Frank Brancato

Frank Brancato (born 1897 - died 1973) known as "Little Frank", Brancato was the underboss of the Cleveland crime family. He was responsible for bringing Irish mobster Danny Greene into the rackets. Greene would later challenge the Cleveland crime family for control of the local rackets in a gangwar that almost led to the total destruction of the Cleveland family.


Brancato was born in Sicily, Italy. He left his home in the early 1900s for America. He first settled in New York where he worked as a longshoreman and moved to Cleveland, Ohio in the early 1920s where he would rise up in ranks to become Cleveland's Street boss to many men in the organization. During the early 1930's, Brancato was a known bootlegger who had been charged with several murders in a brutal and deadly turf war over the profitable "Corn Sugar Wars" between the two strong and powerful rival Mafia families; the Porrello's and the Lonardo's. Brancato became acting underboss for the John Scalish regime by the mid-1950s. For many years, FBI agents were under direct orders from the Director, J. Edgar Hoover himself; to observe Brancato’s activities and attempt to collect information that would lead to a criminal conviction and his deportation. Throughout the 1950's and 60's Brancato derived much of his illegal earnings from gambling and loansharking, but by the mid-1960s he was making a move to become a power within the garbage hauling industry. Brancato used Danny Greene and other Irish-American gangsters to act as errand boys and muscle to enforce the Mafia's influence during the 1960s over the garbage-hauling contracts and other rackets.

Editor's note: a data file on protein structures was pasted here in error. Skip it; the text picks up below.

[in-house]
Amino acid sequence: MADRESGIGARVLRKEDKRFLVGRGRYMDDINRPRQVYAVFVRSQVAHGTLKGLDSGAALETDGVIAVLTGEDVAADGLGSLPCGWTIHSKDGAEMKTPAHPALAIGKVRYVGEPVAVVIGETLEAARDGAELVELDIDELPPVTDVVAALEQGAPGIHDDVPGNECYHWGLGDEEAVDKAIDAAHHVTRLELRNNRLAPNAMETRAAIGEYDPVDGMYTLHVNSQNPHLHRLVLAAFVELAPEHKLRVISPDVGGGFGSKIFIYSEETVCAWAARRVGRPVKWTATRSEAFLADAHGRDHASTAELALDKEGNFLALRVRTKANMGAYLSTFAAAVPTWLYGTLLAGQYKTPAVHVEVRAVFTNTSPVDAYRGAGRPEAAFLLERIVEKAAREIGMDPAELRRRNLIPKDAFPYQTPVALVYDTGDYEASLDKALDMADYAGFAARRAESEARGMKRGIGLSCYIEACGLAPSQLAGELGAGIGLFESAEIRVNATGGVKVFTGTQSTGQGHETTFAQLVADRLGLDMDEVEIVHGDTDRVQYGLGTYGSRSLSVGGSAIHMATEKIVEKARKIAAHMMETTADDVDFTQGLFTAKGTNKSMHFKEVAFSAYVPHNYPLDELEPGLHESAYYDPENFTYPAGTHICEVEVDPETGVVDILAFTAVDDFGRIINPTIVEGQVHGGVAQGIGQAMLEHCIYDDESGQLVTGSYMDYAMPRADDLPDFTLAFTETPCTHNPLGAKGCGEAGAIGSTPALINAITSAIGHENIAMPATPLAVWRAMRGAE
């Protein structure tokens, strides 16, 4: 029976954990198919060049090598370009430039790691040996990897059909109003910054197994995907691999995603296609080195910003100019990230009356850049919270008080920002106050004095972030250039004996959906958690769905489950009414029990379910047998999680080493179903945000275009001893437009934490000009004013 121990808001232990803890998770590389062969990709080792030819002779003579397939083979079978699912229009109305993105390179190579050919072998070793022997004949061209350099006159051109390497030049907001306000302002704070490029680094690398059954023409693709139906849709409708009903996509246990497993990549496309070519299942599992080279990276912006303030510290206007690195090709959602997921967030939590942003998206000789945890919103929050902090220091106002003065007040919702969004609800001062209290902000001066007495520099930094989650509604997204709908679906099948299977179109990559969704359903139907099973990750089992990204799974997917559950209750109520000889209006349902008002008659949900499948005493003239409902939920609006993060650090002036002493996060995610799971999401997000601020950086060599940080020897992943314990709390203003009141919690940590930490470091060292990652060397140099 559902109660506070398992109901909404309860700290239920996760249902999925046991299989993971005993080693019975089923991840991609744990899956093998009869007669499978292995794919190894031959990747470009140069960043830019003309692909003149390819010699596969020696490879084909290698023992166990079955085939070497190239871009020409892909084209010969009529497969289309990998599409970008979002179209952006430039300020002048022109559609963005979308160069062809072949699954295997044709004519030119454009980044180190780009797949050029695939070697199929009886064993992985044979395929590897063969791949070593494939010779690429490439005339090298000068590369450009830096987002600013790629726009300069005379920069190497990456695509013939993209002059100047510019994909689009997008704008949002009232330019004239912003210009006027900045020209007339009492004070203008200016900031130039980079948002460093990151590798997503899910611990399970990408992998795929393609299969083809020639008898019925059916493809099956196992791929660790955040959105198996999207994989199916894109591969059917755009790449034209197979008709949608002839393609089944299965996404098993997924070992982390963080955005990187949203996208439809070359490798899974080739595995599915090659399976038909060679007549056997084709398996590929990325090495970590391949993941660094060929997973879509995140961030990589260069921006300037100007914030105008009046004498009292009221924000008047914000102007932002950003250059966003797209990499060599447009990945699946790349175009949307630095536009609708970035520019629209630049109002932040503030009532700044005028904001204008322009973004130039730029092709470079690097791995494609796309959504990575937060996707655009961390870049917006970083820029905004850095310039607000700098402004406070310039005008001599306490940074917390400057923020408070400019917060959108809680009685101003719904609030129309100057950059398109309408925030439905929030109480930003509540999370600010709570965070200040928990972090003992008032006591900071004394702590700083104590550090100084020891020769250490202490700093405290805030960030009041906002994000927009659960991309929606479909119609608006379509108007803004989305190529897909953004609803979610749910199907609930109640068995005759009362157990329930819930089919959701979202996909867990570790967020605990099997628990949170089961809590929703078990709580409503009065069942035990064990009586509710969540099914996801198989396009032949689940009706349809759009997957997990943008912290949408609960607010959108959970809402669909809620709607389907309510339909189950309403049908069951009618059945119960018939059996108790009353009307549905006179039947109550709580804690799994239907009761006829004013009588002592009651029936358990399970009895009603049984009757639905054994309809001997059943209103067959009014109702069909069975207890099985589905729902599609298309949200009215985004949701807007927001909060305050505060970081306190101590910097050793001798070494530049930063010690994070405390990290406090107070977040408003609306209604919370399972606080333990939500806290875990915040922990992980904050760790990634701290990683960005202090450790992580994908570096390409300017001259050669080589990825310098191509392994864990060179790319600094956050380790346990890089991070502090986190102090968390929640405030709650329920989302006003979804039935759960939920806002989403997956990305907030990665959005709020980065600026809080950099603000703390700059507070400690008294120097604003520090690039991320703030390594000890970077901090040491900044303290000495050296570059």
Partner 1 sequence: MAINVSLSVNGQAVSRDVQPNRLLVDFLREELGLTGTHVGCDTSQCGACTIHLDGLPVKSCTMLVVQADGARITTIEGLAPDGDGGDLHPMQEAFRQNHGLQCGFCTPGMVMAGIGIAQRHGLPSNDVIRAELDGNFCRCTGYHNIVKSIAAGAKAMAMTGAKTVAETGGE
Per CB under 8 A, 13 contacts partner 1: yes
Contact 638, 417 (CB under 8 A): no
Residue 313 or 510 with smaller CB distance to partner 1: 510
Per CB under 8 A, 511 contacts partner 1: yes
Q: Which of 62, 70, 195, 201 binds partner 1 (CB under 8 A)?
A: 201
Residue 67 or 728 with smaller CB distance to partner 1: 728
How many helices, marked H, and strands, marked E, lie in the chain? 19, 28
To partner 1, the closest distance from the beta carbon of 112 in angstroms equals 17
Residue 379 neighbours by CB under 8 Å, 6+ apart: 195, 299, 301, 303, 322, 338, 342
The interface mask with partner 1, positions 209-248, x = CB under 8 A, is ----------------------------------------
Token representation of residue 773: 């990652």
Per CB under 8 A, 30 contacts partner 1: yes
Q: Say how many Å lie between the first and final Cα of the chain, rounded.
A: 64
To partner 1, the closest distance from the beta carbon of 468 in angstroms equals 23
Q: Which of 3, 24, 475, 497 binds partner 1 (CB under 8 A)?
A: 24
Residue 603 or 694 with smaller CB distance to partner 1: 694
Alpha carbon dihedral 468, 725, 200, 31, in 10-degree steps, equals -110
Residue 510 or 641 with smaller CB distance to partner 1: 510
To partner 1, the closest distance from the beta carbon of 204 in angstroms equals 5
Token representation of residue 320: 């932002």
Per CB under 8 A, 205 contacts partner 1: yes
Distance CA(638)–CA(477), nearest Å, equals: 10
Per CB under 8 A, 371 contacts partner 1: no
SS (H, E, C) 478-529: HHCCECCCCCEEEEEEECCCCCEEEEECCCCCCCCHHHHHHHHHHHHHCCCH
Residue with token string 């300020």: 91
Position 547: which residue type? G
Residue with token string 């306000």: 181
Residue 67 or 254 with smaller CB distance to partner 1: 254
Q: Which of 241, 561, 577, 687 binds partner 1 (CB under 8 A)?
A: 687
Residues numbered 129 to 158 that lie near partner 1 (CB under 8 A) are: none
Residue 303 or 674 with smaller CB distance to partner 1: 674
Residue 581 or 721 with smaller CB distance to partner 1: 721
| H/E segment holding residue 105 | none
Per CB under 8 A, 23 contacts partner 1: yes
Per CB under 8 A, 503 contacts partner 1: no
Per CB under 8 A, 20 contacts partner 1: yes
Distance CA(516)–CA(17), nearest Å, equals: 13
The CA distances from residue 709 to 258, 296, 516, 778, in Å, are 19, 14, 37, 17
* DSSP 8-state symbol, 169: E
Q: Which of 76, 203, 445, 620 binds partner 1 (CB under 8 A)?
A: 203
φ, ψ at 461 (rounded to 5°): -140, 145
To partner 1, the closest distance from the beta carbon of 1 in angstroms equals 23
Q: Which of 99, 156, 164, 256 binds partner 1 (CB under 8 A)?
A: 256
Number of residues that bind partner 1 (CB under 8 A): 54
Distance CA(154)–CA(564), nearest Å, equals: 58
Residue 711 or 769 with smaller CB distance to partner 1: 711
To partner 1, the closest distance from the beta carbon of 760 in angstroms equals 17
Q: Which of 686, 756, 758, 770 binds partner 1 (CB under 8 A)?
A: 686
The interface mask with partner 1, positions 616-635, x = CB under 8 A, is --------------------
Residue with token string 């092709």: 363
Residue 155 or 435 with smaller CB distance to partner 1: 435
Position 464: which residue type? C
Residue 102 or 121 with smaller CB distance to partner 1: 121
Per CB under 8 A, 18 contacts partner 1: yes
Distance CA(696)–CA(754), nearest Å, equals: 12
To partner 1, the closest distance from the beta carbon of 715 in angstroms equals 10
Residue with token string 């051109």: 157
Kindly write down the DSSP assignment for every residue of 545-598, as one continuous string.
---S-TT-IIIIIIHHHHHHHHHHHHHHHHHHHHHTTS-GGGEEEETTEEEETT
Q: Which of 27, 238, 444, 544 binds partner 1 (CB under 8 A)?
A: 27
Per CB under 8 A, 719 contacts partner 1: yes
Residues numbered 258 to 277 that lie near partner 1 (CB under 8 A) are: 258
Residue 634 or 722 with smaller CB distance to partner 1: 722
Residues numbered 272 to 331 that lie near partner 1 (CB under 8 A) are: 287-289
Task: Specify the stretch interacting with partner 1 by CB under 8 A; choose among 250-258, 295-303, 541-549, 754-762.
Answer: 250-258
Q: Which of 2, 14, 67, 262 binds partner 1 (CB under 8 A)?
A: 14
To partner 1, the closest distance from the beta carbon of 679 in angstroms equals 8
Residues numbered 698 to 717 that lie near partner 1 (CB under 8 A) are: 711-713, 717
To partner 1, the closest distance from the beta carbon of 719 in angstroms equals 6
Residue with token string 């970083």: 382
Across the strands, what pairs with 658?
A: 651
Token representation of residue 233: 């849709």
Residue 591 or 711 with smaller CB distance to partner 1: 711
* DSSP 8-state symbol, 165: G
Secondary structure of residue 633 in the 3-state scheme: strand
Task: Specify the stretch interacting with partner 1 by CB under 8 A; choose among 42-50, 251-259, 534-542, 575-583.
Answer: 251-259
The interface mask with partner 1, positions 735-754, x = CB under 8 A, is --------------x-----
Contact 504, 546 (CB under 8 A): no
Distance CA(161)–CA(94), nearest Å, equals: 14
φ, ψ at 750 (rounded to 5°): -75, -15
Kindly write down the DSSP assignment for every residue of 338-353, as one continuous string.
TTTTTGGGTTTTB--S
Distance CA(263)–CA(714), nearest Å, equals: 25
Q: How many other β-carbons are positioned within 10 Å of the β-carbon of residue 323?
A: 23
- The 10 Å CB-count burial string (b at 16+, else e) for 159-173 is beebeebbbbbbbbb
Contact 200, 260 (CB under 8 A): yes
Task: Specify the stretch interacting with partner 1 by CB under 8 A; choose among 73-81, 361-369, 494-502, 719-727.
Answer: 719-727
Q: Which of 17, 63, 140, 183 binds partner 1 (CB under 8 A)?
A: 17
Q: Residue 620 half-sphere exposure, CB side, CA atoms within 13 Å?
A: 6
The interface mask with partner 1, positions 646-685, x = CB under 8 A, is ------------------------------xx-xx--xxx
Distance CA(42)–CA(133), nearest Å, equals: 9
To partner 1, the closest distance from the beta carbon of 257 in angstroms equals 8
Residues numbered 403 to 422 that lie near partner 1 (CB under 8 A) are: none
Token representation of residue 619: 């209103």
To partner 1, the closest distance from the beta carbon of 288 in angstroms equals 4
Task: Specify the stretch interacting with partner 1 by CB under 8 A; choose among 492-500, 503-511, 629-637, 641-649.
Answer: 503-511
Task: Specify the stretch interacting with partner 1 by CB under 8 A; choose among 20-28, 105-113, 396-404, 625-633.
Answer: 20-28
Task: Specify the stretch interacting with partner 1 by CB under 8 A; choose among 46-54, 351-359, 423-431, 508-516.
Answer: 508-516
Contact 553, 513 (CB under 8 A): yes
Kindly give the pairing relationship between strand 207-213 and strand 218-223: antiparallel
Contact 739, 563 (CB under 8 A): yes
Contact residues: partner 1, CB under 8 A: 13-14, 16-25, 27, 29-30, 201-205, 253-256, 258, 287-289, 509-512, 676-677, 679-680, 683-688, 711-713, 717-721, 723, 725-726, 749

He was allegedly promoted to consigliere in 1972 and died a year later of natural causes in December 1973.

The complete story on Frank Brancatos life can be found in the book, Brancato; Mafia Street Boss.

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